A decent option for M.2 drives is the Samsung 980 Pro M.2 SSD. They can pair with just about any other internal SSD you’d like because they’re quick, strong, and little (about the size of a stick of gum). You don’t even need to mess with any cords because the majority of motherboards feature an M.2 slot either on the front or around the rear of the board. This one has read and write speeds of about 6,980 and 4,876 MB/s, respectively.

Samsung 970 Evo M.2 SSD: The Evo range is less expensive and slightly slower than other options, but it’s still a great choice for any build. The maximum read and write speeds for this M.2 drive are roughly 3,500 and 3,300 MB/s, respectively. Slower than some others on our list, but still fairly quick—certainly fast enough for gaming. Choose the Evo if you’re on a tight budget.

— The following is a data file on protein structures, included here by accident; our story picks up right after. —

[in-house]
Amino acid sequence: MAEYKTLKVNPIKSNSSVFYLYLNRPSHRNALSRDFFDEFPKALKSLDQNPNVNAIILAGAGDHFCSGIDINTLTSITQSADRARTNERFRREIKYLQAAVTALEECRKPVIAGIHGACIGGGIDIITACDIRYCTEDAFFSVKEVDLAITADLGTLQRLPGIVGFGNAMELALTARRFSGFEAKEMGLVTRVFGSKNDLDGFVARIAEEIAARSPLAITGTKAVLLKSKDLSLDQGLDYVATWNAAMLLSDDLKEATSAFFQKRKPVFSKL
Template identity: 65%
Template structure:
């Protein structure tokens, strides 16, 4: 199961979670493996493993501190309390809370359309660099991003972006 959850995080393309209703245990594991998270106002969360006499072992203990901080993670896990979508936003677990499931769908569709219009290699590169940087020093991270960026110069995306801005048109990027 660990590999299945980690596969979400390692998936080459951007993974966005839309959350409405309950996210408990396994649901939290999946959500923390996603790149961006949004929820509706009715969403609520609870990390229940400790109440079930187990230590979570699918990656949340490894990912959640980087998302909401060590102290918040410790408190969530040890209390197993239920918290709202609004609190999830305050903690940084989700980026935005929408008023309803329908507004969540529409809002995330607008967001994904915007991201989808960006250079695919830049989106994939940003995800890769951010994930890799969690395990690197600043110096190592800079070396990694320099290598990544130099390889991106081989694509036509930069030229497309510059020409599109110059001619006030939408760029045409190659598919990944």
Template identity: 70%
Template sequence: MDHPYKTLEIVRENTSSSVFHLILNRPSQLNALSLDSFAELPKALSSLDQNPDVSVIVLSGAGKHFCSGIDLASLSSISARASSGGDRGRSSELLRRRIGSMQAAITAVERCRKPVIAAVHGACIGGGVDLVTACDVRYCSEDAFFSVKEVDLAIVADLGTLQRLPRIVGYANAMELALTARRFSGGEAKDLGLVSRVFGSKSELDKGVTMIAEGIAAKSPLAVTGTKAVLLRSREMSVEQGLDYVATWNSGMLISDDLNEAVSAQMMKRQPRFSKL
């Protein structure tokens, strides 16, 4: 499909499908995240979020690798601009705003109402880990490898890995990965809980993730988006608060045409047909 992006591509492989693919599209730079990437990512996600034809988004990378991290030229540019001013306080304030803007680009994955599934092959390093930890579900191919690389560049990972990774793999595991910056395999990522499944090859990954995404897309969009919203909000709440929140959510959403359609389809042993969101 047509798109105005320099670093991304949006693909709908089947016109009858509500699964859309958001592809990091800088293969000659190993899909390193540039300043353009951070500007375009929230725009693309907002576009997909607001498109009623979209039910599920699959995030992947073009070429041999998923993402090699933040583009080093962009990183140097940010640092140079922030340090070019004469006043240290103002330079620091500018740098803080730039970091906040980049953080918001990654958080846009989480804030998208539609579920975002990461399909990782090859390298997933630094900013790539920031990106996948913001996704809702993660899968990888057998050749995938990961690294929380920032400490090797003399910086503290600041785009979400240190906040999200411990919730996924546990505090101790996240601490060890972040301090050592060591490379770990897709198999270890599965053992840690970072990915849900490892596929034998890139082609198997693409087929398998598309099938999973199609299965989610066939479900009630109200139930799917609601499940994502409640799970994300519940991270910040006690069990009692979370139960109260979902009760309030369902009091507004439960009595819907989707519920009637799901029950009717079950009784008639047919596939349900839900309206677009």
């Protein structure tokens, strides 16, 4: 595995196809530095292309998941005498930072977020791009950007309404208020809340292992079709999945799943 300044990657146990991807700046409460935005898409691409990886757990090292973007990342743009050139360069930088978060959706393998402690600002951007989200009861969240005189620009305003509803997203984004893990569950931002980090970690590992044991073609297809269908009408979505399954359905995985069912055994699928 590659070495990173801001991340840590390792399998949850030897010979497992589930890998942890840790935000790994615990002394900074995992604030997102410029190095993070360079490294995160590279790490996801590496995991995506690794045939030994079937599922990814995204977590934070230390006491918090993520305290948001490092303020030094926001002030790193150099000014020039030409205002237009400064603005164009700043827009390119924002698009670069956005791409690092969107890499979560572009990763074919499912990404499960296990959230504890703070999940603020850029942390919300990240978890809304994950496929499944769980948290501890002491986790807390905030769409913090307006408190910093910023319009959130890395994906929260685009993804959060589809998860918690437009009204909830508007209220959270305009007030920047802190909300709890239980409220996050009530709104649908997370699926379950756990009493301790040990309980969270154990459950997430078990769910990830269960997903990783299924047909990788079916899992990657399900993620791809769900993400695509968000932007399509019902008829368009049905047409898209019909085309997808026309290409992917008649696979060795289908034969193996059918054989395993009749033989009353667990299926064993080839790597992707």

M.2 Corsair MP600 SSD: The MP600 drive from Corsair has a built-in heat sink to maintain a cool operating environment as it rapidly transfers data. It has a read speed of 4,950 MB/s and a write speed of 4,250 MB/s.

WD Blue 1-TB Internal SSD: It has a lot of storage space and is pretty fast, but with maximum read and write speeds of 560 MB/S and 530 MB/S, respectively, this Wester Digital model is better suited for a secondary storage drive rather than the one that houses your operating system and games.

Memory (RAM)

When you look into memory and storage, you’ll notice a lot of the same concepts, but they are extremely different. Memory is more like that one table you throw things on to deal with later. It is temporary and only scratches paper. However, it’s crucial because software uses memory to cache (temporarily store) data in a place from which it can easily retrieve.

Recommended Hardware

High-end gaming rigs typically use 32 or 64 gigabytes of RAM, but a reliable pair of 8-GB sticks will be enough for the majority of 1080p games and common chores. Corsair Vengeance LPX 16-GB 288-Pin RAM.

With 32 GB 288-Pin of RAM from the G.Skill Ripjaws V Series, you should have plenty of space for both gaming and everyday tasks.

Consider upgrading to 64 GB of RAM if you require more power for content creation or demanding gaming. Corsair Dominator Platinum 64-GB 288-Pin RAM.

Power Supply (PSU)